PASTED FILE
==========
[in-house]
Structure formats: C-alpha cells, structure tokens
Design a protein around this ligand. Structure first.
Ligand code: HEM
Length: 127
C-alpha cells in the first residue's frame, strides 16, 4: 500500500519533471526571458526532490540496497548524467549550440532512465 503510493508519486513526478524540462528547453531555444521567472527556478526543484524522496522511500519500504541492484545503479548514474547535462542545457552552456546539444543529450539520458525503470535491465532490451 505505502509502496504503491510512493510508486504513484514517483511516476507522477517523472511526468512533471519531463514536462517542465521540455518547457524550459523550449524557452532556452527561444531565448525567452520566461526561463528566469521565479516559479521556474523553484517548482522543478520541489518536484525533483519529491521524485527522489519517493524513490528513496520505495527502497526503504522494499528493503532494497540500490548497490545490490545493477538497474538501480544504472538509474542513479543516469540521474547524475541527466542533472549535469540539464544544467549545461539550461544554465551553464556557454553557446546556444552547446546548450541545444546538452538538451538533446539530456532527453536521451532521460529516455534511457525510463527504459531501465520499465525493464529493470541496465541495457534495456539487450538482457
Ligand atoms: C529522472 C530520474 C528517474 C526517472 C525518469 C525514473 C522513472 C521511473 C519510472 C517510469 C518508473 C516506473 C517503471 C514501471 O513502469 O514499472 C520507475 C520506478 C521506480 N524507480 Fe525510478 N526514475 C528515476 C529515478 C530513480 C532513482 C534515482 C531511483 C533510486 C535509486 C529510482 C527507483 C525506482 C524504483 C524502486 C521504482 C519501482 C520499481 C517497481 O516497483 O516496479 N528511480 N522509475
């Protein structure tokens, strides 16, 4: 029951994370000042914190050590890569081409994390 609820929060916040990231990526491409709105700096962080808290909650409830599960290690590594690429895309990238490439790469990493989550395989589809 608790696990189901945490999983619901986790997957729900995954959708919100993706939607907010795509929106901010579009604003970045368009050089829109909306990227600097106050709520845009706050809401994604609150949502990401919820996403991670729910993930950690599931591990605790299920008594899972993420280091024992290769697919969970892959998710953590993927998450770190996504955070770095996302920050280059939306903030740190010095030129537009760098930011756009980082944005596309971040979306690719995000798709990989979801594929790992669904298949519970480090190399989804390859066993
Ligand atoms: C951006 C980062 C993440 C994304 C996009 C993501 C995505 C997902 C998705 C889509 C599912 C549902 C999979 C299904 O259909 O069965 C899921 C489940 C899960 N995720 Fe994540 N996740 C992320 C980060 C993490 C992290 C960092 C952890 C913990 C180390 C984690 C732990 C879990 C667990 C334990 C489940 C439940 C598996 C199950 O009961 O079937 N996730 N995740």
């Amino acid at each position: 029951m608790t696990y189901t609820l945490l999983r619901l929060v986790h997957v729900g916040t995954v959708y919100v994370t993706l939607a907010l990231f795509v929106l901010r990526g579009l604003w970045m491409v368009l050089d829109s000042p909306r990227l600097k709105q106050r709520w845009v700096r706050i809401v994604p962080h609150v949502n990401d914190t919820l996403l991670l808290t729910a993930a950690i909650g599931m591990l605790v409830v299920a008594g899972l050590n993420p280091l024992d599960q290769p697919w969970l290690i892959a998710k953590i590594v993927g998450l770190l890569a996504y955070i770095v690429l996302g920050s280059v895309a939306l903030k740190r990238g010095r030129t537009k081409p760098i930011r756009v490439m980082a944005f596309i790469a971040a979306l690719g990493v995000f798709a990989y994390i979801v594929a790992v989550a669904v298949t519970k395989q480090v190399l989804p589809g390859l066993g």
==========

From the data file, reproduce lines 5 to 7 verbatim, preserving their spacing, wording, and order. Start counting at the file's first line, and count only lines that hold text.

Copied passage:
Length: 127
C-alpha cells in the first residue's frame, strides 16, 4: 500500500519533471526571458526532490540496497548524467549550440532512465 503510493508519486513526478524540462528547453531555444521567472527556478526543484524522496522511500519500504541492484545503479548514474547535462542545457552552456546539444543529450539520458525503470535491465532490451 505505502509502496504503491510512493510508486504513484514517483511516476507522477517523472511526468512533471519531463514536462517542465521540455518547457524550459523550449524557452532556452527561444531565448525567452520566461526561463528566469521565479516559479521556474523553484517548482522543478520541489518536484525533483519529491521524485527522489519517493524513490528513496520505495527502497526503504522494499528493503532494497540500490548497490545490490545493477538497474538501480544504472538509474542513479543516469540521474547524475541527466542533472549535469540539464544544467549545461539550461544554465551553464556557454553557446546556444552547446546548450541545444546538452538538451538533446539530456532527453536521451532521460529516455534511457525510463527504459531501465520499465525493464529493470541496465541495457534495456539487450538482457
Ligand atoms: C529522472 C530520474 C528517474 C526517472 C525518469 C525514473 C522513472 C521511473 C519510472 C517510469 C518508473 C516506473 C517503471 C514501471 O513502469 O514499472 C520507475 C520506478 C521506480 N524507480 Fe525510478 N526514475 C528515476 C529515478 C530513480 C532513482 C534515482 C531511483 C533510486 C535509486 C529510482 C527507483 C525506482 C524504483 C524502486 C521504482 C519501482 C520499481 C517497481 O516497483 O516496479 N528511480 N522509475